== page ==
These unhealthy behaviors are often the foundation for serious incidences of violence. McCormick (2014:604) claims that “this demonstrates the serious reality that tweens and teens are becoming increasingly more involved in unhealthy intimate relationships, which share many similar characteristics to abusive adult relationships”. The most common “red flag” behavior was that some students believed it was a sign of trust to exchange all of their social media and phone passwords. It was challenging trying to combat these common beliefs and explain that everyone has a right to privacy, to be able to choose who and who not to spend time with, and the freedom to put their phone away without receiving multiple text messages asking where they are and what they are doing. Many times students do not recognize these behaviors as unhealthy because they have never been told otherwise.

To help the students understand how culture and society shapes their views, we did an activity called “hot dogs for breakfast” with the girls at Prairie Lea. We asked if any of them would eat a hot dog for breakfast and all of the students gave a resounding no. My supervisor said this was the usual answer for this activity with only a select few saying they would. When we asked them why not, their typical responses were “it would be gross” or “that’s not breakfast food,” so we challenged them to think about why it was not breakfast food. They mostly said that they learned that hotdogs were not breakfast food from their parents not serving it and the fact that hotdogs are not advertised as breakfast food. The goal of the activity was to get the students to think about how embedded stereotypes are in our culture, even with food. This holds true for the way our culture thinks about what is acceptable behavior for men and women.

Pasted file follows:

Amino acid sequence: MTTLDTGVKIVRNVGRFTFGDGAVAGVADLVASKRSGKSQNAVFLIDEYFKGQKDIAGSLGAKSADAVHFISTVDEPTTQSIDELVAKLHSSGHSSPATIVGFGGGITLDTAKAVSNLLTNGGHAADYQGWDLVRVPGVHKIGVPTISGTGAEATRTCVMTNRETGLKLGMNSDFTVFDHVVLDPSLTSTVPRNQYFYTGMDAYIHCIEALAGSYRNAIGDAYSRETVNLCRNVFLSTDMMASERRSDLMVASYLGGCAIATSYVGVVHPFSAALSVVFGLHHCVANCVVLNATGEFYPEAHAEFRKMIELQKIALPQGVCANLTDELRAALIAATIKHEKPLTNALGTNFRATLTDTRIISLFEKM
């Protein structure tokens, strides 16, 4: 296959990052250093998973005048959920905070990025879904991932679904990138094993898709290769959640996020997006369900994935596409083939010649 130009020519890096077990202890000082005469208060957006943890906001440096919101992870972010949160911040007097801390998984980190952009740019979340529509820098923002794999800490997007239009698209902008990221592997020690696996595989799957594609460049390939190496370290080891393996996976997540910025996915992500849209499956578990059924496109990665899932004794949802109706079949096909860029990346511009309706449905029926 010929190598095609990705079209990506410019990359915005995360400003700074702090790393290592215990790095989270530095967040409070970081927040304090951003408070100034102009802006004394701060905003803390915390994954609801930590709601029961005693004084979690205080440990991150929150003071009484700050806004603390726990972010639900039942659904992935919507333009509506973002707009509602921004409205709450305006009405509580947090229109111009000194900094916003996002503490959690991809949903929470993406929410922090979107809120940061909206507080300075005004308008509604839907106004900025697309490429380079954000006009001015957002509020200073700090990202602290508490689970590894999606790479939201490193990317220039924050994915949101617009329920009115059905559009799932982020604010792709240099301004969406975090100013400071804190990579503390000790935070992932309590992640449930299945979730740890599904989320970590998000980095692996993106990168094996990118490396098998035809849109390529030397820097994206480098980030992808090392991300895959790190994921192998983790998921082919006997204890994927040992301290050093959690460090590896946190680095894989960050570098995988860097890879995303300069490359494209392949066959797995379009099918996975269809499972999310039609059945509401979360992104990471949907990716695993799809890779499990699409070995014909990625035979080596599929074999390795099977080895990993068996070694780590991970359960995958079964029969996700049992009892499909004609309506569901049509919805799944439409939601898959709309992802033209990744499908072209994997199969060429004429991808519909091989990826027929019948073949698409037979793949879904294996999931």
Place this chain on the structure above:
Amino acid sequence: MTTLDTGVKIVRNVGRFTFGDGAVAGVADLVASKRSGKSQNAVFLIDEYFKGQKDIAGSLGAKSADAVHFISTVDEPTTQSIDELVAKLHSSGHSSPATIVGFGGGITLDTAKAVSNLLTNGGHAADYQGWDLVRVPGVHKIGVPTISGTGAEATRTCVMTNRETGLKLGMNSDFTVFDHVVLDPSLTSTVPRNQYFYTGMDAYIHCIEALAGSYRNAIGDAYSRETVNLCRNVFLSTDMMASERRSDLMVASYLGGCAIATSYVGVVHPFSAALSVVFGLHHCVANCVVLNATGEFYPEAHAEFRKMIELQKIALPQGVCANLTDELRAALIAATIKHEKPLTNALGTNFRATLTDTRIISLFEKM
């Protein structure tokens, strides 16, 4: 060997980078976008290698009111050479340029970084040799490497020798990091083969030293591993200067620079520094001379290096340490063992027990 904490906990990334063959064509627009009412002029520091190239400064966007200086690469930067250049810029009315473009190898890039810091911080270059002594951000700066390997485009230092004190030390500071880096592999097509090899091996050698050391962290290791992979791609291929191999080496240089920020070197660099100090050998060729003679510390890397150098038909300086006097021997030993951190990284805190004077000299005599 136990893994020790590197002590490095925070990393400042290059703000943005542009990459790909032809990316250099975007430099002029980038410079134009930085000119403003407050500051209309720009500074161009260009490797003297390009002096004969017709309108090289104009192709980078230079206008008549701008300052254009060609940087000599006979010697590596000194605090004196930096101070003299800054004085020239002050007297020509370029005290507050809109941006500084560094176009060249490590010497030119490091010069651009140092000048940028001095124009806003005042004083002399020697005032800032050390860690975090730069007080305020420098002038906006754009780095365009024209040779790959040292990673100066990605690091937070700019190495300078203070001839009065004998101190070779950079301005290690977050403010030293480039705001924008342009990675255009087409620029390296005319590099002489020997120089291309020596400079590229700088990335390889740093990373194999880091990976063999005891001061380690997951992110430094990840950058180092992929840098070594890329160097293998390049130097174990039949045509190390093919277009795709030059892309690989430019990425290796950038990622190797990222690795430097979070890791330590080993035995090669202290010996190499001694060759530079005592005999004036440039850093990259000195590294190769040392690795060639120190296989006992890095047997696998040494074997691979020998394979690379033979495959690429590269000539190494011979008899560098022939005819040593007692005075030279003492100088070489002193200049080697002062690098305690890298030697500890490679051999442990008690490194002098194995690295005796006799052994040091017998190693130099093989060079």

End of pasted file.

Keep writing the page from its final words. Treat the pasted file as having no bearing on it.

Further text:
Media plays a large role in gender socialization and how our society shapes ideas about masculinity and femininity. Males are often represented as being valued for their action and ability, while the value of females is based on looks. Haboush et al. (2012:669) discusses the sociocultural value of women’s appearances in the United States. Media reinforces these values by portraying “the ideal women as having a very thin body with long legs, light eyes, clear skin and no wrinkles”(Haboush et al. 2012:669). Men are ideally portrayed as muscular and lean or having “success, money, and power…also generally aligned with traditional male norms” (Hobza and Rochlen 2009:127). Challenging these gender roles was quite difficult, especially when it concerned the younger boys’ group. We wanted the students to think about normalized ideas about unhealthy behaviors and gender stereotypes that are learned.

From an early age, masculine and feminine ideals are instilled in children and reinforced through our society . Hanna Goodall (2012:160-163) discusses the media’s inaccurate portrayal of men and women and their influence on young viewers. Goodall (2012:162) references Julia Wood’s claim that “television programming for all ages disproportionately depicts men, particularly white heterosexual men, as serious, confident, competent, and powerful”, and that the media then teach, “boys and men that to be a ‘real man’ means to be powerful and in control.” For the boys’ group, we thought it was important to debunk some of the myths about what boys and girls are supposed to like, and the way they should act since they tended to believe them. My supervisor and I brought magazines that were targeted separately for boys and girls to the boys’ group at Lockhart Junior High, to start a discussion about gender stereotypes. We told them to point out the differences between the boy magazines and the girl magazines to show them how advertising is powerful. The girl magazines tended to have girls posing but not really doing anything and the articles tended to focus on appearances. The boy magazines had many shots of boys in action, whether it was camping, building something, or playing some type of sport. This discussion focused on one boy in particular who was very adamant that only boys like things such as sports, action movies, and video games. He insisted that girls cannot play video games and that boys have some innate knowledge on how to play them. We told him that there are many girls that like to watch action movies, play video games, or sports, but he was not completely convinced.